Artificial intelligence has been applied in wildfire science and management since the 1990s, with early applications including neural networks and expert systems. Since then the field has rapidly progressed congruently with the wide adoption of machine learning (ML) in the environmental sciences. Here, we present a scoping review of ML in wildfire science and management. Our objective is to improve awareness of ML among wildfire scientists and managers, as well as illustrate the challenging range of problems in wildfire science available to data scientists. We first present an overview of popular ML approaches used in wildfire science to date, and then review their use in wildfire science within six problem domains: 1) fuels characterization, fire detection, and mapping; 2) fire weather and climate change; 3) fire occurrence, susceptibility, and risk; 4) fire behavior prediction; 5) fire effects; and 6) fire management. We also discuss the advantages and limitations of various ML approaches and identify opportunities for future advances in wildfire science and management within a data science context. We identified 298 relevant publications, where the most frequently used ML methods included random forests, MaxEnt, artificial neural networks, decision trees, support vector machines, and genetic algorithms. There exists opportunities to apply more current ML methods (e.g., deep learning and agent based learning) in wildfire science. However, despite the ability of ML models to learn on their own, expertise in wildfire science is necessary to ensure realistic modelling of fire processes across multiple scales, while the complexity of some ML methods requires sophisticated knowledge for their application. Finally, we stress that the wildfire research and management community plays an active role in providing relevant, high quality data for use by practitioners of ML methods.
We believe that collaborative filtering is well described by a probabilistic model in which people and the items they view or buy are each divided into (unknown) clusters and there are link probabilities between these clusters. EM is an obvious method for estimating these models, but does not work because it cannot be efficiently constructed to recognize the constraint that a movie liked by two different people must be in the same movie class each time. K-means clustering is fast but ad hoc. Repeated clustering using K-means clustering or a "soft clustering" version of K-means may be useful, but usually does not improve accuracy. Clustering movies or people on other relevant attributes can help - and does help for the case of CD purchase data. Gibbs sampling works well and has the virtue of being easily extended to much more complex models, but is computationally expensive. We are currently developing more efficient Gibbs sampling methods for collaborative filtering problems, extending our repeated clustering and Gibbs sampling code to incorporate multiple attributes, and applying them to more real data sets.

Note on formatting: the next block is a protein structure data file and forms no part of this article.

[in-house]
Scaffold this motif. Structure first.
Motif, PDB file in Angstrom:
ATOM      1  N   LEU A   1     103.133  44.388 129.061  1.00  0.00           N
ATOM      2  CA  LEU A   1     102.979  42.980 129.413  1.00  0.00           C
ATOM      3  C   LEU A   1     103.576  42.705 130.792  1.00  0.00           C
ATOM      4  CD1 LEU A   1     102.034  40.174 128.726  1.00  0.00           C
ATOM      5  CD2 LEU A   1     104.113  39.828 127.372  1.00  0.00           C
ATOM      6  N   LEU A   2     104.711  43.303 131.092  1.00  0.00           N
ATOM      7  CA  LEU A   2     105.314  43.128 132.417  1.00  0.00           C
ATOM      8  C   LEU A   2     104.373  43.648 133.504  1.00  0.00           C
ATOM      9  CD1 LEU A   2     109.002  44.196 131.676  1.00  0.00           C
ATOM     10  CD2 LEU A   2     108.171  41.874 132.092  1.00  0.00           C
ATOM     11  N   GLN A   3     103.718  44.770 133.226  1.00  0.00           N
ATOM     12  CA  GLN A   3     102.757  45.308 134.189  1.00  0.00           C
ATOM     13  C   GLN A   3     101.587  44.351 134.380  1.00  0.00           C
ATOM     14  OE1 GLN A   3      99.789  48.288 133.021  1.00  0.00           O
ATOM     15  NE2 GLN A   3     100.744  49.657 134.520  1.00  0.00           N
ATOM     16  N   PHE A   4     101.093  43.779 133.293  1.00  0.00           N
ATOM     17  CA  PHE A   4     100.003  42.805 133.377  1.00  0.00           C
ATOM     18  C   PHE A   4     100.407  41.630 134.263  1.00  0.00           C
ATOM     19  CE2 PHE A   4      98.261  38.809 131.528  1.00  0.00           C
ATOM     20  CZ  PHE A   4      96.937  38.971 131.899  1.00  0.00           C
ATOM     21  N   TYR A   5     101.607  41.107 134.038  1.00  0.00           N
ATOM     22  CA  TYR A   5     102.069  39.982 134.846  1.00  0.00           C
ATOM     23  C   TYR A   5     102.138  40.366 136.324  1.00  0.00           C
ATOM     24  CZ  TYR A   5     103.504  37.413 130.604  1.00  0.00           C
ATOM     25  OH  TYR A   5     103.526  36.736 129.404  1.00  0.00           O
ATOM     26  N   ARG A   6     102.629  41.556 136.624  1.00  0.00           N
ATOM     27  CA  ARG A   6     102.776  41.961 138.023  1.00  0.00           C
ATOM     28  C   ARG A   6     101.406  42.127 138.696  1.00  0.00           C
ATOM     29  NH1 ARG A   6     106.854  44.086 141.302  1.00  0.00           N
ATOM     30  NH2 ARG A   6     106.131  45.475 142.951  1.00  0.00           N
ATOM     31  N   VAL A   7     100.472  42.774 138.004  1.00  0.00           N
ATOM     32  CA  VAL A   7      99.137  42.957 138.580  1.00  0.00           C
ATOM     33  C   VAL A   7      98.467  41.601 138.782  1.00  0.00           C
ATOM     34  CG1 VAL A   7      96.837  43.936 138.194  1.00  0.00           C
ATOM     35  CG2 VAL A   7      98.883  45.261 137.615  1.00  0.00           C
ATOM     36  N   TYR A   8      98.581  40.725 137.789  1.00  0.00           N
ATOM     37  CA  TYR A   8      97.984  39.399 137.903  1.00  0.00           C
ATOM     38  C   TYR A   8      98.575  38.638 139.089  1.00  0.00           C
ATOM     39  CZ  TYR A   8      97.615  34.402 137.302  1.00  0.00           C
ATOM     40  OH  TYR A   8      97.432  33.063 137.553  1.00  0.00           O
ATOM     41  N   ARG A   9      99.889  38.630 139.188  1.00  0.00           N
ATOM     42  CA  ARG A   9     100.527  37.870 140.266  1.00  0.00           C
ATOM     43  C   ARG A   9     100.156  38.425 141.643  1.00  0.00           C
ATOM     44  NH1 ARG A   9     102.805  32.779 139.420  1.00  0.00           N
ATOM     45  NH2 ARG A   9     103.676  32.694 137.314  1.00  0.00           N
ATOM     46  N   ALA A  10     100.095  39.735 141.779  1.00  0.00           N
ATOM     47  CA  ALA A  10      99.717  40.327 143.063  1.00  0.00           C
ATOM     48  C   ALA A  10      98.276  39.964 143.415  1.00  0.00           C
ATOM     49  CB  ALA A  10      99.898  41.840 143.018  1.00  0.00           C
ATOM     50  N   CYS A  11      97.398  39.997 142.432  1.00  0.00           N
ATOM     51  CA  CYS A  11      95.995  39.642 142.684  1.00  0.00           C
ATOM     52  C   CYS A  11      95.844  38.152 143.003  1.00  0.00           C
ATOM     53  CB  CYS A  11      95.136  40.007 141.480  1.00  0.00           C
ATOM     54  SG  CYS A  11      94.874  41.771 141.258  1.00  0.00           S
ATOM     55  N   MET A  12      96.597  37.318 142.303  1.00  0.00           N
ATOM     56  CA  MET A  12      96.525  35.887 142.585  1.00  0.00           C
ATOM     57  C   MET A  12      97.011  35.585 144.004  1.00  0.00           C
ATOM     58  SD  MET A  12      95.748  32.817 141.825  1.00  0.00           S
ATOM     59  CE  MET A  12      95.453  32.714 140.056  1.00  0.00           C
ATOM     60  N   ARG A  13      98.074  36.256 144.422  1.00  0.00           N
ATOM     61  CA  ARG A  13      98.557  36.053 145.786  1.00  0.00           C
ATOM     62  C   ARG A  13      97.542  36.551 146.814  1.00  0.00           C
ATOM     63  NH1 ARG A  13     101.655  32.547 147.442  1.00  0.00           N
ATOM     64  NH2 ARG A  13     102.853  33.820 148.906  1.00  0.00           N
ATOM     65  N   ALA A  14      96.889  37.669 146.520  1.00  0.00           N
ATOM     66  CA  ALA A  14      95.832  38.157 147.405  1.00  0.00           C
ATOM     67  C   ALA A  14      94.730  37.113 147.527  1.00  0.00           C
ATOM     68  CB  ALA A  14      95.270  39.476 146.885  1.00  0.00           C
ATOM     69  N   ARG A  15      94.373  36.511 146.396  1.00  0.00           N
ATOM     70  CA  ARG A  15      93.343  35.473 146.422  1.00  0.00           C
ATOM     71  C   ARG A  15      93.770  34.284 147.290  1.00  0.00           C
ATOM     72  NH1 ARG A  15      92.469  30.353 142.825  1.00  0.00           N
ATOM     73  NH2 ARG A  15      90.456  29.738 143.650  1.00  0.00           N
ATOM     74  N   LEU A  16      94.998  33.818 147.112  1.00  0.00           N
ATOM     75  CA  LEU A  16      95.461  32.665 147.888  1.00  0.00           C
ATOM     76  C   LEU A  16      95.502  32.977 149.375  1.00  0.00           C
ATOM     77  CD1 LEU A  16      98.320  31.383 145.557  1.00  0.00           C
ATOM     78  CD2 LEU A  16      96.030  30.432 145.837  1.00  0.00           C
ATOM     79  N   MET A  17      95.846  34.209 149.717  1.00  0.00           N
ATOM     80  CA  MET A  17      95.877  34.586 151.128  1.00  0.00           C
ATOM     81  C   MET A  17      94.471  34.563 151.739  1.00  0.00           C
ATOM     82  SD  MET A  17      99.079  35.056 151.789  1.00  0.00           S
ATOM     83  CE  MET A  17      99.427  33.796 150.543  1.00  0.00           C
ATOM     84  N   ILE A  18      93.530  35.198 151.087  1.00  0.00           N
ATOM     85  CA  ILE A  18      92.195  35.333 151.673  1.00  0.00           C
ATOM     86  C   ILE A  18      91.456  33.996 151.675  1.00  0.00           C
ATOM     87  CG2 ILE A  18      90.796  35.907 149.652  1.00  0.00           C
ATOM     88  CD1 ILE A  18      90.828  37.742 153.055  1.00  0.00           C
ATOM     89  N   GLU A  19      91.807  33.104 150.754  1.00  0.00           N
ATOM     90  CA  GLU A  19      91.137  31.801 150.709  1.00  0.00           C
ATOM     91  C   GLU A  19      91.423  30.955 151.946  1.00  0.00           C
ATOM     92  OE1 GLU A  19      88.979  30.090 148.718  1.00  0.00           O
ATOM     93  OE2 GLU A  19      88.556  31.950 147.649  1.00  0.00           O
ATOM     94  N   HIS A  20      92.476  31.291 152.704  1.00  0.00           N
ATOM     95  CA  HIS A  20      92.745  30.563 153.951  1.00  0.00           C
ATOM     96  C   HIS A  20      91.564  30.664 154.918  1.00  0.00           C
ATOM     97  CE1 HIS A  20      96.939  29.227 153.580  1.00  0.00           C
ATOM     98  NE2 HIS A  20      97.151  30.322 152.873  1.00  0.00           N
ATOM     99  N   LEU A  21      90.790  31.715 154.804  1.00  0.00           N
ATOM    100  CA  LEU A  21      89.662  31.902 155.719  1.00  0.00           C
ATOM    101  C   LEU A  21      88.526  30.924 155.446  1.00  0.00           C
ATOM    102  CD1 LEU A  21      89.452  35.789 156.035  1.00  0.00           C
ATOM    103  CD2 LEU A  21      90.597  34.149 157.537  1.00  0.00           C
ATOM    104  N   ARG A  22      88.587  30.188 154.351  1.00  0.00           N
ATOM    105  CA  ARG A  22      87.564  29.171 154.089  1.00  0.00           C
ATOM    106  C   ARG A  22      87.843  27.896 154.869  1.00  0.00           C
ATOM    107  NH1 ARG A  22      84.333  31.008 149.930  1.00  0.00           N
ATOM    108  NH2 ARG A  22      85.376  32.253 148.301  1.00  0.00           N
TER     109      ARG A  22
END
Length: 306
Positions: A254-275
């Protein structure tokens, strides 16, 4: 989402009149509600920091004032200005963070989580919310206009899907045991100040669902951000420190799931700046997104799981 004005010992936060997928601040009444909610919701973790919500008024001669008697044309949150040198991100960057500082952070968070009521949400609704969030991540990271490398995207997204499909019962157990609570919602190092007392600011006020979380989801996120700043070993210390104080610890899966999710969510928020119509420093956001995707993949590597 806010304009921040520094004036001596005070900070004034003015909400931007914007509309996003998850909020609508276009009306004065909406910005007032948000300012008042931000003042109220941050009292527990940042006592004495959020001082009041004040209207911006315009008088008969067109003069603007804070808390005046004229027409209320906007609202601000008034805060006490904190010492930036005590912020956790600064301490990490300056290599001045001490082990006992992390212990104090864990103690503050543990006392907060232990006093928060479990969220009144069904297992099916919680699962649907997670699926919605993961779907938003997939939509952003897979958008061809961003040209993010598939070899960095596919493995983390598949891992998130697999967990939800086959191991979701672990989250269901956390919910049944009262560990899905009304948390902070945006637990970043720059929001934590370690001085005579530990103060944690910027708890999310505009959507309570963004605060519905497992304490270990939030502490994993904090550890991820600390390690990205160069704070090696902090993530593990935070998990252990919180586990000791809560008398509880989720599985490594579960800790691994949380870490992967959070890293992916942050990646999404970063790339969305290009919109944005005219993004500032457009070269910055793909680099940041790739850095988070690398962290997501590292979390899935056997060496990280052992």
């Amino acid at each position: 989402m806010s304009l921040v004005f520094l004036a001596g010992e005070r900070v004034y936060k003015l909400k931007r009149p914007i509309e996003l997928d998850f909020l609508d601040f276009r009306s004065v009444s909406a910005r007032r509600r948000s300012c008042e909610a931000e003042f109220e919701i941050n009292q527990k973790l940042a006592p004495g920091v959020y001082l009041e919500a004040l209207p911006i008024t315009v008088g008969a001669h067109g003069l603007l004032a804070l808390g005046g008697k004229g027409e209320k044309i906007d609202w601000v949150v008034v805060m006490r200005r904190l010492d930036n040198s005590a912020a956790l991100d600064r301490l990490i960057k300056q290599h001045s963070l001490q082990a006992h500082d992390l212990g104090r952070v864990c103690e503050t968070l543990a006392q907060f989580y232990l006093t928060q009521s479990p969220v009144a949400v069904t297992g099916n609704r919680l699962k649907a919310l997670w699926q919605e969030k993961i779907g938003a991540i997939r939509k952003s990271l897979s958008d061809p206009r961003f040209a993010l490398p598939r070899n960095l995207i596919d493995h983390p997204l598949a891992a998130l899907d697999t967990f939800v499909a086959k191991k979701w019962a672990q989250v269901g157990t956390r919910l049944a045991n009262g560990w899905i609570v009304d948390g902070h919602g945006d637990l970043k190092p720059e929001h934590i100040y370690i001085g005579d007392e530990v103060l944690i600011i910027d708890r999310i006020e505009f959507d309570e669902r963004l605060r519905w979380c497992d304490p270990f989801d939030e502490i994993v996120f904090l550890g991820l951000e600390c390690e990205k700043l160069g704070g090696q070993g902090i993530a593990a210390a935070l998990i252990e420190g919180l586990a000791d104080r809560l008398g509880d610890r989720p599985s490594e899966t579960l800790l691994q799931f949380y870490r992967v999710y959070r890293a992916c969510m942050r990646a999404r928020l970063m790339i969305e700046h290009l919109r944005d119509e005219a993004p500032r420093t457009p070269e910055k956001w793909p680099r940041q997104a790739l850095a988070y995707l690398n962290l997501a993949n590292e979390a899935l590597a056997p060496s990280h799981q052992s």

We develop a Bayesian "sum-of-trees" model, named BART, where each tree is constrained by a prior to be a weak learner. Fitting and inference are accomplished via an iterative backfitting MCMC algorithm. This model is motivated by ensemble methodsin general, and boosting algorithms in particular. Like boosting, each weak learner (i.e., each weak tree) contributes a small amount to the overall model. However, our procedure is defined by a statistical model: a prior and a likelihood, while boosting is defined by an algorithm. This model-based approach enables a full and accurate assessment of uncertainty in model predictions, while remaining highly competitive in terms of predictive accuracy.
Dean P. Foster University of Pennsylvania We present a competitive analysis of some nonparametric Bayesian algorithms ina worst-case online learning setting, where no probabilistic assumptions about the generation of the data are made. We consider models which use a Gaussian process prior (over the space of all functions) andprovide bounds on the regret (under the log loss) for commonly usednon-parametric Bayesian algorithms -- including Gaussian regression and logistic regression -- which show how these algorithms can perform favorably under rather general conditions.